IN THIS X-RAY IMAGE taken by the Chandra X-Ray Observatory, elliptical galaxy Centaurus A, also known as NGC 5128, shows a bright central source called an active galactic nucleus, a jet of gas and diffuse points that glow in the heat of several-million-degree gas. The unprecedented resolution of spectrographs on Chandra and the XMM-Newton satellite are now allowing scientists to tease out important details about the composition of such objects. Image: NASA/SAO/R. KRAFT ET AL.
Astronomy is not usually associated with high-precision measurements. Consider: this is a field in which results given to within a factor of two are still received without scorn. No one in the field seemed particularly fazed, for example, when it was erroneously announced, not long ago, that some objects (called globular clusters, groups of tightly packed stars) were measured to be older than the universe itself.
But all that is changing fast. Across most of the electromagnetic spectrum, extending from the longest radio waves to the shortest cosmic rays, astronomers now have a sharper view of objects of study. This is thanks to newer instruments that provide precise spectroscopy, which offers resolutions and light-collecting capabilities many times more sensitive than those from just a few years ago (see sidebar on spectrographs). Spectroscopy is the science of measuring line emissions from elements and using these measurements to get clues on the state (temperature, density, ionization) of the atoms.
The recent data from the new and better instruments have invalidated some old theories, allowed new ones to flourish and uncovered unexpected results. In short, they have triggered a discovery fever that is changing astronomy. A quick look at an astronomical database called the NASA Astrophysics Data System reveals that the number of papers linked to high-resolution spectral analysis submitted in the first two months of 2002 was greater than that from all the recorded years before 1996 combined.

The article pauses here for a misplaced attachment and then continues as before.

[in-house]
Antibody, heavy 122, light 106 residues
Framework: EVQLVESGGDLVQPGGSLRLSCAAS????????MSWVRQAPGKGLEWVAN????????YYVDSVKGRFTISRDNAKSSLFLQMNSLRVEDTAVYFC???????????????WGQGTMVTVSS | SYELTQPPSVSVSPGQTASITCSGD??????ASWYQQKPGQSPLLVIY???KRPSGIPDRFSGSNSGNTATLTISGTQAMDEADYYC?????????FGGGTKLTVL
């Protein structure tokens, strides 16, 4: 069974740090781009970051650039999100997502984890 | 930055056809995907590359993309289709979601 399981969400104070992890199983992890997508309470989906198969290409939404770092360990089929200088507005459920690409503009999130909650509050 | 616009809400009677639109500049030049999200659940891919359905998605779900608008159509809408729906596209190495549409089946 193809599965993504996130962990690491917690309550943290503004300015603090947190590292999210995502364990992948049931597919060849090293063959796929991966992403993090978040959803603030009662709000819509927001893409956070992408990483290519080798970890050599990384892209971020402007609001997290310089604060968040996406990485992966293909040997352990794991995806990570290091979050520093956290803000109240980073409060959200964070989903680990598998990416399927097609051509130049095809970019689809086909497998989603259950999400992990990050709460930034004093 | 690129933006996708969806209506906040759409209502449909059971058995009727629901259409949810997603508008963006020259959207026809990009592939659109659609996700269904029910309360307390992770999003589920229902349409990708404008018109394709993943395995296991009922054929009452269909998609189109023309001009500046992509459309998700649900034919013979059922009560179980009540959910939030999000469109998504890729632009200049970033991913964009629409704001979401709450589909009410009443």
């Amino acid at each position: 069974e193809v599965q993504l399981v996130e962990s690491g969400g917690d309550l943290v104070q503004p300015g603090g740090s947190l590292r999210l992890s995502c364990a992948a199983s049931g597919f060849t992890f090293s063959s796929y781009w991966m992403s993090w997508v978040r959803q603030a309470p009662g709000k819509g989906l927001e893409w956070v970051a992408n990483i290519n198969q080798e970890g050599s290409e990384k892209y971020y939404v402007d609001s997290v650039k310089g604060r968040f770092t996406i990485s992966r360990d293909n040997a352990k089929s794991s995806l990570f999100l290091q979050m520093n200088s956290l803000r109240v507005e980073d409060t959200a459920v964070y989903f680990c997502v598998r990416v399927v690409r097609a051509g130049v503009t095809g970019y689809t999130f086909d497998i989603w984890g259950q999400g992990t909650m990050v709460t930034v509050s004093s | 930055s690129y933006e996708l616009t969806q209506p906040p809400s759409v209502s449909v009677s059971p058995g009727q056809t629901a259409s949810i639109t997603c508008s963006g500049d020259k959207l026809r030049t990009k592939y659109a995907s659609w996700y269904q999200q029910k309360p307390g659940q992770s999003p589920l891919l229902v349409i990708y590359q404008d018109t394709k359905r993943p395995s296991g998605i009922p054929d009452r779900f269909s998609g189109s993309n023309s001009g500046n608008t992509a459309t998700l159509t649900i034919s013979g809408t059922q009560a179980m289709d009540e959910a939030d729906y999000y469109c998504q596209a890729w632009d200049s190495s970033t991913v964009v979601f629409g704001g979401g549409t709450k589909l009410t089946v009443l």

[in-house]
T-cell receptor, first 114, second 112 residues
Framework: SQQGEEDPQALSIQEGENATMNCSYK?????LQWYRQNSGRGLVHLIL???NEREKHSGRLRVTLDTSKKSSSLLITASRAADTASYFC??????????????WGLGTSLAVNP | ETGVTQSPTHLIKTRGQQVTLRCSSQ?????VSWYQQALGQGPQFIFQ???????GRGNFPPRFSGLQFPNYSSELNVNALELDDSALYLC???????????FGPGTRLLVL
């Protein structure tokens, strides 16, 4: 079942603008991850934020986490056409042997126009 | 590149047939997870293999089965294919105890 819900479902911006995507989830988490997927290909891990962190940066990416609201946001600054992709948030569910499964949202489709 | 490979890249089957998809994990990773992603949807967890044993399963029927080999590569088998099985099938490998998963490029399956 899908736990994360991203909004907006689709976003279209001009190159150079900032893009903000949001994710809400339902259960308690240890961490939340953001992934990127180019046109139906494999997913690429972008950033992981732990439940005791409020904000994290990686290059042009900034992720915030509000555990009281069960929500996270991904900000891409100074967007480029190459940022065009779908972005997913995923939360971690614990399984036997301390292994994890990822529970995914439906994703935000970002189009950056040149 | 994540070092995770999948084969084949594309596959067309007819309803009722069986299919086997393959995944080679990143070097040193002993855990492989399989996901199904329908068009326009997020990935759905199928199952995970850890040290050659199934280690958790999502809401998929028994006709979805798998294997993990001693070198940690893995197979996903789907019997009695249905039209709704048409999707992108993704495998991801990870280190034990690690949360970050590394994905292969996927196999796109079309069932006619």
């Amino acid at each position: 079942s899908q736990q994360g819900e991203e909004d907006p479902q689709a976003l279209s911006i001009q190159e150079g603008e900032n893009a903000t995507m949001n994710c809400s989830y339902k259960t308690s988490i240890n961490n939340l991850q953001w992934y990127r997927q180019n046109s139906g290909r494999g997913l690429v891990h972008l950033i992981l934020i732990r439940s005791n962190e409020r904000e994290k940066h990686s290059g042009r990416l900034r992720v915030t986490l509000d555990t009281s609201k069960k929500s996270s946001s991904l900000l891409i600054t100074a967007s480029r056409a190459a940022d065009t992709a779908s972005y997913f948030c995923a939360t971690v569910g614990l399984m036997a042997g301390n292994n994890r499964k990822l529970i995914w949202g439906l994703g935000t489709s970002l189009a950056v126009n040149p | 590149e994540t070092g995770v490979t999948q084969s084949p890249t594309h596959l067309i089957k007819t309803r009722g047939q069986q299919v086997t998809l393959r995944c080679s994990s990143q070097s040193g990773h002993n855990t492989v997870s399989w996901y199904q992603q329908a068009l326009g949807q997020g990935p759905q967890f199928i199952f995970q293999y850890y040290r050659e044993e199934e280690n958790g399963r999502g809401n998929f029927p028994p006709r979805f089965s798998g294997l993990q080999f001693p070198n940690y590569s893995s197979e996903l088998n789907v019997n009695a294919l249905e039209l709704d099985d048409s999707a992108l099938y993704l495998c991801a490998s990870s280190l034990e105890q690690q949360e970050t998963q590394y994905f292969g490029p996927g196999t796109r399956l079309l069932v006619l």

Among the recent findings is the discovery of planets in other stellar systems (see sidebar). Perhaps most dramatic, however, has been a series of revelations in x-ray astronomy, which is marking its 40th anniversary in 2002. When two x-ray satellites, the NASA Chandra X-Ray Observatory and the European Space Agency's XMM (X-Ray Multi-Mirror)-Newton, both launched two years ago, x-ray astronomy leaped ahead.
The study of the universe in x-rays, which reveal details of some of the most high-energy events in the cosmos, is a relatively new addition to astronomy. That's because every x-ray detector has to be space- or airborne (see sidebar on historical missions); the atmosphere stops most of the incoming x-rays. The first detection of x-rays from space (excluding those from the sun) was made on June 18, 1962. The rocket flight that lofted the instrument lasted for less than three minutes but found what is now known to be a neutron star with a low-mass companion star, called Sco-X1. Today x-ray astronomy has become the fastest-growing area of the field. From the largest structures to the smallest objects, x-ray observations have contributed key discoveries.
Warm Absorbers, Hot Controversy
It seems almost certain that most galaxies (our Milky Way included) have at their center a supermassive black hole several millions time the mass of our sun. Only in some of these galaxies, though, is this central black hole accreting enough matter to make the galaxy "bright," or active. In this case, the central region is called an active galactic nuclei, or AGN. Richard Mushotzky, an expert on AGN working at the NASA Goddard Space Flight Center, likes to point out that there is not even a basic theory of AGN, just a large numbers of observations that people are trying to understand. X-ray studies are the only available probes of the closest regions to the central black hole--and an area on which precise spectroscopy has recently shed some new light.
One class of AGN, called Seyfert I, has very bright optical emission lines and broad absorption lines in a spectra. Emission and absorption lines are an atom's signature, revealing information about the composition and the state of a gas. Different atoms emit radiation at different energies, so detecting an emission or absorption lines can, in principle, be used to deduce the composition of a gas. In practice, however, most atoms emit many lines, which can blend and be difficult to disentangle. For example, iron at a certain temperature emits radiation that is hard to separate from the contribution of neon.